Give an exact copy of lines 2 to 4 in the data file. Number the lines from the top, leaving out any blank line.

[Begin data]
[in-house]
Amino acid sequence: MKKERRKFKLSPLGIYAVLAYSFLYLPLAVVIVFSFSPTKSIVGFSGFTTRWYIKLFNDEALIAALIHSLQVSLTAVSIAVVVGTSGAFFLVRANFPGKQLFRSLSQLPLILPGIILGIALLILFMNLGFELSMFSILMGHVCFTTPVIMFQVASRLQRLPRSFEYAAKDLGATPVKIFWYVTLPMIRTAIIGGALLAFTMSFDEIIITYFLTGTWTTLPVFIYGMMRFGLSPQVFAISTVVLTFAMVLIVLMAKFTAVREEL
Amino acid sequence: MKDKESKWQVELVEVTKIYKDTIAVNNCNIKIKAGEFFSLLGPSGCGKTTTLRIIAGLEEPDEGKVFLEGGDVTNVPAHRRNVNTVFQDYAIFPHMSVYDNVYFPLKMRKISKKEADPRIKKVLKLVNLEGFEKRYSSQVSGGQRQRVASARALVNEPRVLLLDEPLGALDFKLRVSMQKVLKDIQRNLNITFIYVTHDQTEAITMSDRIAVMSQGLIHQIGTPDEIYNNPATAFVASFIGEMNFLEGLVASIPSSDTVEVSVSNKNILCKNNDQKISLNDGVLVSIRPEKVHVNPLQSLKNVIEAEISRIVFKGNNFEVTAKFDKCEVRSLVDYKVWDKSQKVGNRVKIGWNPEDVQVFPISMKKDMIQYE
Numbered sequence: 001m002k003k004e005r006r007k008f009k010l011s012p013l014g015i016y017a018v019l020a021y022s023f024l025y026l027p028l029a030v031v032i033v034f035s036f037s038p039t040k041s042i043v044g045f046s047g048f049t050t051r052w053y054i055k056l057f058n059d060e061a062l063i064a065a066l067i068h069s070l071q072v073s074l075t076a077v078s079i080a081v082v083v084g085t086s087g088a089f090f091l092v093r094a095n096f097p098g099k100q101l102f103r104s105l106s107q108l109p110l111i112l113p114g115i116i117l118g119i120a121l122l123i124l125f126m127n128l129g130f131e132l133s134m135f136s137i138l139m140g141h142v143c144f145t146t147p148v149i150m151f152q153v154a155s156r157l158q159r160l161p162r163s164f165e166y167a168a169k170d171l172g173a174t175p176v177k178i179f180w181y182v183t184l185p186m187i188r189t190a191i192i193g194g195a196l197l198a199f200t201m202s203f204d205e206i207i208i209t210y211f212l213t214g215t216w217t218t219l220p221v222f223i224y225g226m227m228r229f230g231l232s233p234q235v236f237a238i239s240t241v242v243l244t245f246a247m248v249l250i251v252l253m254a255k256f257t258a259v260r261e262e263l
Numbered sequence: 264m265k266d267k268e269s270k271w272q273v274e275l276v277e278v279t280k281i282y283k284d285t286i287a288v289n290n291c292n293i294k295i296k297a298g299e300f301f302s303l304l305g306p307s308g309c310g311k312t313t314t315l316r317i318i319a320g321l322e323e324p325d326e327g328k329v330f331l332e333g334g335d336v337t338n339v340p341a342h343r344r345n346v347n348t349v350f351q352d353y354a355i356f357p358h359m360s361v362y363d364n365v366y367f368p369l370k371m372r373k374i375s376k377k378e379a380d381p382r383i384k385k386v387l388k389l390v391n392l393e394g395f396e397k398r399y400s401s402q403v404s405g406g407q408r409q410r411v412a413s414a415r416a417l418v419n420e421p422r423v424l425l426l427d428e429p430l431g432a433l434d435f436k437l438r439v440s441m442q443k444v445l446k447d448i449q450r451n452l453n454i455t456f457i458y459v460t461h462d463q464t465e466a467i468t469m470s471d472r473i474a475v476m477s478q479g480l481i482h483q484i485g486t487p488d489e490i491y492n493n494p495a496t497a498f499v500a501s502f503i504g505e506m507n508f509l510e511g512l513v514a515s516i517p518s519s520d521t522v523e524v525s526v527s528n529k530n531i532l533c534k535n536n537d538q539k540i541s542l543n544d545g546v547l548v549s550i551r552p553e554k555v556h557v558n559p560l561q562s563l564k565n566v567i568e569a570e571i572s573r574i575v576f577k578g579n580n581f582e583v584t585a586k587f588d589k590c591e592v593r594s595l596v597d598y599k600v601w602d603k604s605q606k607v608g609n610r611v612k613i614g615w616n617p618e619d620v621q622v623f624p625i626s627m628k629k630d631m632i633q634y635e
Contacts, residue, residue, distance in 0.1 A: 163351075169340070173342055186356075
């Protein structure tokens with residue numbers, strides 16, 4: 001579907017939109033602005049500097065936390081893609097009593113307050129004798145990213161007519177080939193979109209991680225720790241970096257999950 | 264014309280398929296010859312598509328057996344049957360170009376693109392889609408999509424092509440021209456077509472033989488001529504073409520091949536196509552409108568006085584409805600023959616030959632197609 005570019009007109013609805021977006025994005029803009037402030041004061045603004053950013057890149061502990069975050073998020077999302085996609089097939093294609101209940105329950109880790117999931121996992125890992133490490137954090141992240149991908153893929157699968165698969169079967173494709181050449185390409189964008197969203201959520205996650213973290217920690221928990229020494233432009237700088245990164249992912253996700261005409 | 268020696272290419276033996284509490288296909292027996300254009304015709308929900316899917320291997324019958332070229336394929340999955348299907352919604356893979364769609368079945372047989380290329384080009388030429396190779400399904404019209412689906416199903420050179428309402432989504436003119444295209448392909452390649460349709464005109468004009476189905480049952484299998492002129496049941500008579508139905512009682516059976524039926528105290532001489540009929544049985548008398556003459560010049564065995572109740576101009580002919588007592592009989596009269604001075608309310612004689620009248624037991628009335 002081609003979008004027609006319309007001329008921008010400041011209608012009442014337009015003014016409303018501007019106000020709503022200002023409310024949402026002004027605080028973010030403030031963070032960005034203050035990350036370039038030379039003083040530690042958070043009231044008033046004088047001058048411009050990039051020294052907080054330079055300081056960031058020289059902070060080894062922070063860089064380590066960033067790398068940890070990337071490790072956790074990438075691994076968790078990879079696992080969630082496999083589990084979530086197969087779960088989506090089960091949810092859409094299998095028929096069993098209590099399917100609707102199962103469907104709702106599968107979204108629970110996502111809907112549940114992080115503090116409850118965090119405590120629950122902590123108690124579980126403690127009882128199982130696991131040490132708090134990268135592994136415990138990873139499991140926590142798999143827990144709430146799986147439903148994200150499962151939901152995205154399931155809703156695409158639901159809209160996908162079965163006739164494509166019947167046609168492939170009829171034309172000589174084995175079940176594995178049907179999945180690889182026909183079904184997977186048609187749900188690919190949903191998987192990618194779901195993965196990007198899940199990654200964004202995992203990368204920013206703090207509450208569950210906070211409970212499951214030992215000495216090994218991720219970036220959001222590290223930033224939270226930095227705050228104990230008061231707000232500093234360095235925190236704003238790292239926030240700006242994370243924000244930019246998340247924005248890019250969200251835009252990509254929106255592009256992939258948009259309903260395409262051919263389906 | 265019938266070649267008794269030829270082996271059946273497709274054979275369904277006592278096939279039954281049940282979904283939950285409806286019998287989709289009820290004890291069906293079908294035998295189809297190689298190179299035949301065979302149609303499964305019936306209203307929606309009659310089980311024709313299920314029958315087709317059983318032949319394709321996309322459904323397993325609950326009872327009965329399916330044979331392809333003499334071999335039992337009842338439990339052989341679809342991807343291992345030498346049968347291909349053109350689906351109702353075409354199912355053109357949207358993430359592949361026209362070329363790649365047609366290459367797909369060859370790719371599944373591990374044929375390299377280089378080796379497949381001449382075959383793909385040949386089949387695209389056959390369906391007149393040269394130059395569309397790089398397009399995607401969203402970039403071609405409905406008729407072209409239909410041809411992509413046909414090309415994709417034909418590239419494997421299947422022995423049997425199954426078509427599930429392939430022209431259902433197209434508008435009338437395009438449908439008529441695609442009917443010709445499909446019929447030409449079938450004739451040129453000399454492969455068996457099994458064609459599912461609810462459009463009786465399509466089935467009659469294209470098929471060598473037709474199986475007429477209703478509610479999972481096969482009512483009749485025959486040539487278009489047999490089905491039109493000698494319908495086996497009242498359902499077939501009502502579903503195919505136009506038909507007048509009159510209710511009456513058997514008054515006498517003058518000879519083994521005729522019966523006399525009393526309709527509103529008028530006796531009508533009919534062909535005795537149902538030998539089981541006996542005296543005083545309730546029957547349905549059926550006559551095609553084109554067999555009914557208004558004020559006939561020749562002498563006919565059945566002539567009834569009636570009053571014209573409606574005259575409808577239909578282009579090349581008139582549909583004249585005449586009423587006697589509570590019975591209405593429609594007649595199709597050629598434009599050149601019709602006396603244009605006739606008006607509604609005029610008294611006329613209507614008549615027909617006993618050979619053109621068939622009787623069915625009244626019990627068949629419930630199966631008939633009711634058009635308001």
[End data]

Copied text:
Amino acid sequence: MKKERRKFKLSPLGIYAVLAYSFLYLPLAVVIVFSFSPTKSIVGFSGFTTRWYIKLFNDEALIAALIHSLQVSLTAVSIAVVVGTSGAFFLVRANFPGKQLFRSLSQLPLILPGIILGIALLILFMNLGFELSMFSILMGHVCFTTPVIMFQVASRLQRLPRSFEYAAKDLGATPVKIFWYVTLPMIRTAIIGGALLAFTMSFDEIIITYFLTGTWTTLPVFIYGMMRFGLSPQVFAISTVVLTFAMVLIVLMAKFTAVREEL
Amino acid sequence: MKDKESKWQVELVEVTKIYKDTIAVNNCNIKIKAGEFFSLLGPSGCGKTTTLRIIAGLEEPDEGKVFLEGGDVTNVPAHRRNVNTVFQDYAIFPHMSVYDNVYFPLKMRKISKKEADPRIKKVLKLVNLEGFEKRYSSQVSGGQRQRVASARALVNEPRVLLLDEPLGALDFKLRVSMQKVLKDIQRNLNITFIYVTHDQTEAITMSDRIAVMSQGLIHQIGTPDEIYNNPATAFVASFIGEMNFLEGLVASIPSSDTVEVSVSNKNILCKNNDQKISLNDGVLVSIRPEKVHVNPLQSLKNVIEAEISRIVFKGNNFEVTAKFDKCEVRSLVDYKVWDKSQKVGNRVKIGWNPEDVQVFPISMKKDMIQYE
Numbered sequence: 001m002k003k004e005r006r007k008f009k010l011s012p013l014g015i016y017a018v019l020a021y022s023f024l025y026l027p028l029a030v031v032i033v034f035s036f037s038p039t040k041s042i043v044g045f046s047g048f049t050t051r052w053y054i055k056l057f058n059d060e061a062l063i064a065a066l067i068h069s070l071q072v073s074l075t076a077v078s079i080a081v082v083v084g085t086s087g088a089f090f091l092v093r094a095n096f097p098g099k100q101l102f103r104s105l106s107q108l109p110l111i112l113p114g115i116i117l118g119i120a121l122l123i124l125f126m127n128l129g130f131e132l133s134m135f136s137i138l139m140g141h142v143c144f145t146t147p148v149i150m151f152q153v154a155s156r157l158q159r160l161p162r163s164f165e166y167a168a169k170d171l172g173a174t175p176v177k178i179f180w181y182v183t184l185p186m187i188r189t190a191i192i193g194g195a196l197l198a199f200t201m202s203f204d205e206i207i208i209t210y211f212l213t214g215t216w217t218t219l220p221v222f223i224y225g226m227m228r229f230g231l232s233p234q235v236f237a238i239s240t241v242v243l244t245f246a247m248v249l250i251v252l253m254a255k256f257t258a259v260r261e262e263l